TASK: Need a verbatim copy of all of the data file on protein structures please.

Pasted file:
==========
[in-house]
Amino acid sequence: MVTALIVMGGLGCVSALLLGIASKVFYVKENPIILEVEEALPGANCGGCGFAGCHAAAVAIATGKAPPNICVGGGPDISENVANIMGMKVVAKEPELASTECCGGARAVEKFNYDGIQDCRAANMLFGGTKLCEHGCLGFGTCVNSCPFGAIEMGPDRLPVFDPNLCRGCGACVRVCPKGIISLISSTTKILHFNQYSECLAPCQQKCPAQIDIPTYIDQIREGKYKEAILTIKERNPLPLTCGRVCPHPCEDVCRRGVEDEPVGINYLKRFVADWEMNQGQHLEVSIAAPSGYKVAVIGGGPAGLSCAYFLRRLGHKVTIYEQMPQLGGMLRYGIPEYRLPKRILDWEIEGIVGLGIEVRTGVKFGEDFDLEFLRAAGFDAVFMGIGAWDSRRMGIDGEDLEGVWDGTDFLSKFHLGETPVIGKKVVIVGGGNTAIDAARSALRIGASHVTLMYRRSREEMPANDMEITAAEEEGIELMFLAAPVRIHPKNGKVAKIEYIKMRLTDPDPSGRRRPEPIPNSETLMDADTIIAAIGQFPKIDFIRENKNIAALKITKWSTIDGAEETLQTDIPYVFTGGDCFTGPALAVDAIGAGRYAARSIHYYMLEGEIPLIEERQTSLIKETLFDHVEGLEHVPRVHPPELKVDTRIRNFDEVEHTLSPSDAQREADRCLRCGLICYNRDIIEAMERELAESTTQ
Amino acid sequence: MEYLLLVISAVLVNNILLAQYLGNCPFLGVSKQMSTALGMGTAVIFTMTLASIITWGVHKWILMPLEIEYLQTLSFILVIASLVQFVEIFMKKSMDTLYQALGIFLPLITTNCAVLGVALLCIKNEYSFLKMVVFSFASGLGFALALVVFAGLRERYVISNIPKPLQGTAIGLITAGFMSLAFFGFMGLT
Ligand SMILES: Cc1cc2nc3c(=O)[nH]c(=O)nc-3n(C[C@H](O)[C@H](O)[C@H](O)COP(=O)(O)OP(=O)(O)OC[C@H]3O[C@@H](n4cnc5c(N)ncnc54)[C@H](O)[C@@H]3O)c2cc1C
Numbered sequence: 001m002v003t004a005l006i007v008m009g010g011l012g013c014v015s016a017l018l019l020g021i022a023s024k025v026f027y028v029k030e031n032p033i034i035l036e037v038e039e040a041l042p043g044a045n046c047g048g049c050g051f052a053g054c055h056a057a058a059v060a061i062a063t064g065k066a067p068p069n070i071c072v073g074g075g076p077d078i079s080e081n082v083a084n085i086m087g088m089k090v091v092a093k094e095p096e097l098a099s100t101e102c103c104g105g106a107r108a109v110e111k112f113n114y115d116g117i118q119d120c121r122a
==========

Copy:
[in-house]
Amino acid sequence: MVTALIVMGGLGCVSALLLGIASKVFYVKENPIILEVEEALPGANCGGCGFAGCHAAAVAIATGKAPPNICVGGGPDISENVANIMGMKVVAKEPELASTECCGGARAVEKFNYDGIQDCRAANMLFGGTKLCEHGCLGFGTCVNSCPFGAIEMGPDRLPVFDPNLCRGCGACVRVCPKGIISLISSTTKILHFNQYSECLAPCQQKCPAQIDIPTYIDQIREGKYKEAILTIKERNPLPLTCGRVCPHPCEDVCRRGVEDEPVGINYLKRFVADWEMNQGQHLEVSIAAPSGYKVAVIGGGPAGLSCAYFLRRLGHKVTIYEQMPQLGGMLRYGIPEYRLPKRILDWEIEGIVGLGIEVRTGVKFGEDFDLEFLRAAGFDAVFMGIGAWDSRRMGIDGEDLEGVWDGTDFLSKFHLGETPVIGKKVVIVGGGNTAIDAARSALRIGASHVTLMYRRSREEMPANDMEITAAEEEGIELMFLAAPVRIHPKNGKVAKIEYIKMRLTDPDPSGRRRPEPIPNSETLMDADTIIAAIGQFPKIDFIRENKNIAALKITKWSTIDGAEETLQTDIPYVFTGGDCFTGPALAVDAIGAGRYAARSIHYYMLEGEIPLIEERQTSLIKETLFDHVEGLEHVPRVHPPELKVDTRIRNFDEVEHTLSPSDAQREADRCLRCGLICYNRDIIEAMERELAESTTQ
Amino acid sequence: MEYLLLVISAVLVNNILLAQYLGNCPFLGVSKQMSTALGMGTAVIFTMTLASIITWGVHKWILMPLEIEYLQTLSFILVIASLVQFVEIFMKKSMDTLYQALGIFLPLITTNCAVLGVALLCIKNEYSFLKMVVFSFASGLGFALALVVFAGLRERYVISNIPKPLQGTAIGLITAGFMSLAFFGFMGLT
Ligand SMILES: Cc1cc2nc3c(=O)[nH]c(=O)nc-3n(C[C@H](O)[C@H](O)[C@H](O)COP(=O)(O)OP(=O)(O)OC[C@H]3O[C@@H](n4cnc5c(N)ncnc54)[C@H](O)[C@@H]3O)c2cc1C
Numbered sequence: 001m002v003t004a005l006i007v008m009g010g011l012g013c014v015s016a017l018l019l020g021i022a023s024k025v026f027y028v029k030e031n032p033i034i035l036e037v038e039e040a041l042p043g044a045n046c047g048g049c050g051f052a053g054c055h056a057a058a059v060a061i062a063t064g065k066a067p068p069n070i071c072v073g074g075g076p077d078i079s080e081n082v083a084n085i086m087g088m089k090v091v092a093k094e095p096e097l098a099s100t101e102c103c104g105g106a107r108a109v110e111k112f113n114y115d116g117i118q119d120c121r122a